Steam Support for Mac Platforms a Success

Screen capture of the Portal promotion on Steam's webpage

Steam, the popular digital gaming distributor, finally launched for Mac systems on Wednesday, May 12, and Valve reports that the launch was a huge success. Steam will add several collections of Mac titles to its repertoire every Wednesday for the next few weeks. Valve also introduced what it dubbed “Steam Play,” which allows customers who purchase games on Steam to play on all Steam supported platforms on any computer.

This week, Steam offers a dozen titles in its line of cross-platform multiplayer games. These titles include the zombie-killing co-op title Killing Floor, Altitude, and Madballs in Babo: Invasion.

“We were thrilled when we learned that Steam was coming to the Mac platform and started working on a native Mac version of Killing Floor immediately,” said John Gibson, President of Tripwire Interactive, creators of Killing Floor. “Steam’s advanced multiplayer support on both the PC and Mac has enabled us to bring Killing Floor to a whole new audience on the Mac and introduce them to the existing PC player community.”

Portal, Valve’s own FPS action/puzzle title, is included as a free download to celebrate the launch of Steam on the Mac. Available for both PC and Mac systems until May 24th, Steam is happy to report that there have been 1.5 million downloads since the promotion kicked off last week.

Valve also reports that, within only on week of launching, eleven percent of all Steam purchases are for Mac systems. Pretty impressive numbers.

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Humanities September 1, 2003 | Doetzer, Ruthanne ALERT FOR APPLICANTS Beginning October 1, all federal grant programs will require institutional applicants to provide a DUNS number, which is issued by Dun & Bradstreet. Project directors should contact their institution’s grant administrator or chief financial officer to obtain their institution’s DUNS number. If an institution does not have a DUNS number, one may be obtained by calling 1-800-333-0505.

NOMINATIONS AND AWARDS The NEH-supported documentary Benjamin Franklin has been nominated for an Outstanding Nonfiction Special Emmy award by the Academy of Television Arts and Sciences. The film, produced by Ellen Hovde and Muffle Meyer, premiered on PBS in November 2002. Receiving Emmy nominations for outstanding historical programming are two episodes of the NEH project, The Rise and Fall of Jim Crow: “Don’t Shout Too Soon” and “Terror and Triumph.” The four-part series premiered on PBS in October 2002. Emmy winners will be announced September 21.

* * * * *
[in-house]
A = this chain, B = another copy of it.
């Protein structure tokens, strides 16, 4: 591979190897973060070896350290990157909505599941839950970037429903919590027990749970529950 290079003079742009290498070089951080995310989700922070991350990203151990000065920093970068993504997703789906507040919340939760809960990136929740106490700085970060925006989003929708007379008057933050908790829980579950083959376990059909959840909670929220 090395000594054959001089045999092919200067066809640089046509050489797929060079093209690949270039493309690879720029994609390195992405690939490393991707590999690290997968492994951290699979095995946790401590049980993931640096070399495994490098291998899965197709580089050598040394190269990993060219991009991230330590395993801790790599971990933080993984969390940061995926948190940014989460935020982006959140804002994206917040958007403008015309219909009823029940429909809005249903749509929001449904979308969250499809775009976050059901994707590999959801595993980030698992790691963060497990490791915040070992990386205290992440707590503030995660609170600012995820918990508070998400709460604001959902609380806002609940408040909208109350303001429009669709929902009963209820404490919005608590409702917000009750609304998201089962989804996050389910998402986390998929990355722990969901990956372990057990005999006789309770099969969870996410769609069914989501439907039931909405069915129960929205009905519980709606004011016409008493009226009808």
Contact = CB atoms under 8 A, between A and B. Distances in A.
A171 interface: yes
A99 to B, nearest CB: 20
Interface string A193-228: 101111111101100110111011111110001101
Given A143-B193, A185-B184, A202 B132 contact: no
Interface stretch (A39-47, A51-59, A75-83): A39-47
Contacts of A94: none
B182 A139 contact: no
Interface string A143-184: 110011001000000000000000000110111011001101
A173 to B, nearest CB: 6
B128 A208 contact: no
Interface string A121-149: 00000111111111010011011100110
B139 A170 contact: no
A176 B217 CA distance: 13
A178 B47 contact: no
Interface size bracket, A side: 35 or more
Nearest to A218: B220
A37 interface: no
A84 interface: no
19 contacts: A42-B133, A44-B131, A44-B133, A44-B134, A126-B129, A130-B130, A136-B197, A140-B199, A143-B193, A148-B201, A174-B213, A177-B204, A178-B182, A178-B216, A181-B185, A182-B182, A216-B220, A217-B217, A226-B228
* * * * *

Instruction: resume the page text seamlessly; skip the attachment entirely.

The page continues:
Off-screen, the New Mexico Farm and Ranch Heritage Museum has earned an Award of Merit from the American Association for State and Eocal History. The museum’s exhibition, “To Get the lob Done: Employing Prisoners of War in New Mexico during World War II,” traces thousands of German and Italian POWs sent to New Mexico to supply agricultural labor during the second World War. Research for the exhibit involved nearly one hundred oral history interviews. go to site duns number lookup

READING THE EXPEDITION New books on the Lewis and Clark expedition have been produced by the Kentucky Humanities Council and by the OASIS Institute in neighboring Missouri. this web site duns number lookup

Into the Wilderness by James Holmberg is written specifically for adult literacy students. It is part of the Kentucky Humanities Council “New Books for New Readers” series. For each of the twelve books in the series, a Kentucky author works closely with adult students and receives feedback from their teachers. Together, they produce books written at a fourth-grade reading level, dealing with issues that appeal to adult readers.

A second book on the Lewis and Clark expedition has been produced by the OASIS Institute to provide educational opportunities to older adults. Lewis and Clark: Journey to Another America contains essays to guide the institute’s scholar-led discussion series, part of the OASIS Lewis and Clark Project that includes a film program, slideshow, website, reading group, and a trip to Monticello.

“Part of the appeal of Lewis and Clark is that it’s a multi-dimensional story. There is something to interest everyone,” explains project director Marsha Bray. “Military and political history, scientific history, cultural studies, and the role of women are all part of the story.” At the twenty-six OASIS branches nationwide, program topics range from medicine on the Corps of Discovery to Chautauqua portrayals of expedition figures. Some OASIS participants are training to become living history performers; others will act as docents when the National Lewis and Clark Exhibition opens in January at the Missouri Historical Society.

HISTORY’S SHELF LIFE With funding from NEH, the Image Permanence Institute at the Rochester Institute of Technology has begun a three-year study to efficiently test the level of decay in magnetic tape collections-magnetic tape has been used for decades to store every kind of audio and video information. The project will result in archivists being able to easily assess their collections and copy the most fragile items first. “The trick is to know which ones are in good shape and prioritize,” says James Reilly, director of the Image Permanence Institute.

While most magnetic tape since the late 1960s has a durable polyester base, it was never intended as a permanent medium and earlier recordings were made on less-stable acetate. The shelf-life of magnetic tape is undetermined; estimates range from forty to one hundred years, much less than high-quality paper or even photographic film. In storage, heat and humidity cause tape to flake apart and shed the magnetic particles that fix sounds and images. “You open up some cans,” says Reilly, “and it’s like rust inside.” Doetzer, Ruthanne